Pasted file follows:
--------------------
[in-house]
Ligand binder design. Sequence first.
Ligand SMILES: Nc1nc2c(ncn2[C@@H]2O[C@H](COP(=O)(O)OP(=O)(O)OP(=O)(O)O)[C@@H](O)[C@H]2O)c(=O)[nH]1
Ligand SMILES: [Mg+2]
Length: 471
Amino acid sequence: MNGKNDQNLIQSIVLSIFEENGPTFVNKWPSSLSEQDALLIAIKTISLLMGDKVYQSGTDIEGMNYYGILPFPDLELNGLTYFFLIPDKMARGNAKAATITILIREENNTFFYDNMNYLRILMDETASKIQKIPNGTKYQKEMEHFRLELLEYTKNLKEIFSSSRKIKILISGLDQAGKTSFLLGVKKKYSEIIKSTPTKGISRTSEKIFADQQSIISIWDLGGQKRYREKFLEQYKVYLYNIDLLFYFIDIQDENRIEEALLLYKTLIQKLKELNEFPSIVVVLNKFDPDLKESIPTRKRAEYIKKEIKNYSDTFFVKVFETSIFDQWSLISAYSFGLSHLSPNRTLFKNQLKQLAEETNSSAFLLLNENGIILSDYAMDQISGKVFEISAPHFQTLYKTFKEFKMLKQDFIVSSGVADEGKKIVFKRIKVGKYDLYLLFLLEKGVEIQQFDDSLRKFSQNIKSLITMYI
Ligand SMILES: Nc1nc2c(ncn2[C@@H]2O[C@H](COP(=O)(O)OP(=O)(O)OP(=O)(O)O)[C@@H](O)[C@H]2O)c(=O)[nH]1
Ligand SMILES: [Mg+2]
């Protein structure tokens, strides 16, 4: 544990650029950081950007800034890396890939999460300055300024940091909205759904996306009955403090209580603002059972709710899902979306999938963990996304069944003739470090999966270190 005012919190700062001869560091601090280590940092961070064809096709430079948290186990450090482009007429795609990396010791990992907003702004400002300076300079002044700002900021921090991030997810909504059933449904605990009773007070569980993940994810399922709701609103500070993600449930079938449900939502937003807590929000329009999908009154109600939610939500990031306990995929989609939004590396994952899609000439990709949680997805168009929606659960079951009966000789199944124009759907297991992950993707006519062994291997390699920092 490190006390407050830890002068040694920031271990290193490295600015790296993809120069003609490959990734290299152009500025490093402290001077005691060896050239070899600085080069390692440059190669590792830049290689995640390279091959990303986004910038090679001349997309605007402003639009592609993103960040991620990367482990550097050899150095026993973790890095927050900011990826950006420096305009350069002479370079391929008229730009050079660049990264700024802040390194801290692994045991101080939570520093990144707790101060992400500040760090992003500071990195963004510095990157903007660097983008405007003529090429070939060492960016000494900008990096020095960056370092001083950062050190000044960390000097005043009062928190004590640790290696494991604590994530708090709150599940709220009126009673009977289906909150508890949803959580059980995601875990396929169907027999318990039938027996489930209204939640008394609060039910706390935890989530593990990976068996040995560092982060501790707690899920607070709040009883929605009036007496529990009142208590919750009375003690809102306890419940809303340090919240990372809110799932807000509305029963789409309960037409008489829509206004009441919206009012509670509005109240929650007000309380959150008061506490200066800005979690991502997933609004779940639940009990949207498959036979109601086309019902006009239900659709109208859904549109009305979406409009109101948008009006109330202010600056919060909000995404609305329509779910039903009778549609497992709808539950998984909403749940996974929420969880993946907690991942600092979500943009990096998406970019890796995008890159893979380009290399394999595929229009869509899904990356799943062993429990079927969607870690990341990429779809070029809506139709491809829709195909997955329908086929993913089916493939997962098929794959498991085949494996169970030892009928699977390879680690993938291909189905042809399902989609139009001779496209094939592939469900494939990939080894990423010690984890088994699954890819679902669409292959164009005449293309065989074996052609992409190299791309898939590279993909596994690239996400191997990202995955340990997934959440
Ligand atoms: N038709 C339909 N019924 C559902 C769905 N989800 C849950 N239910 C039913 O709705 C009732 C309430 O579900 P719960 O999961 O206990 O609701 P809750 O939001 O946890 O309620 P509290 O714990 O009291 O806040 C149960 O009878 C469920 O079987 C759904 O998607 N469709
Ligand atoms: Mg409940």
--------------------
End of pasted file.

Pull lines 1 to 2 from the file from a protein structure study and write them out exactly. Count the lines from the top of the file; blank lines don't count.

[in-house]
Ligand binder design. Sequence first.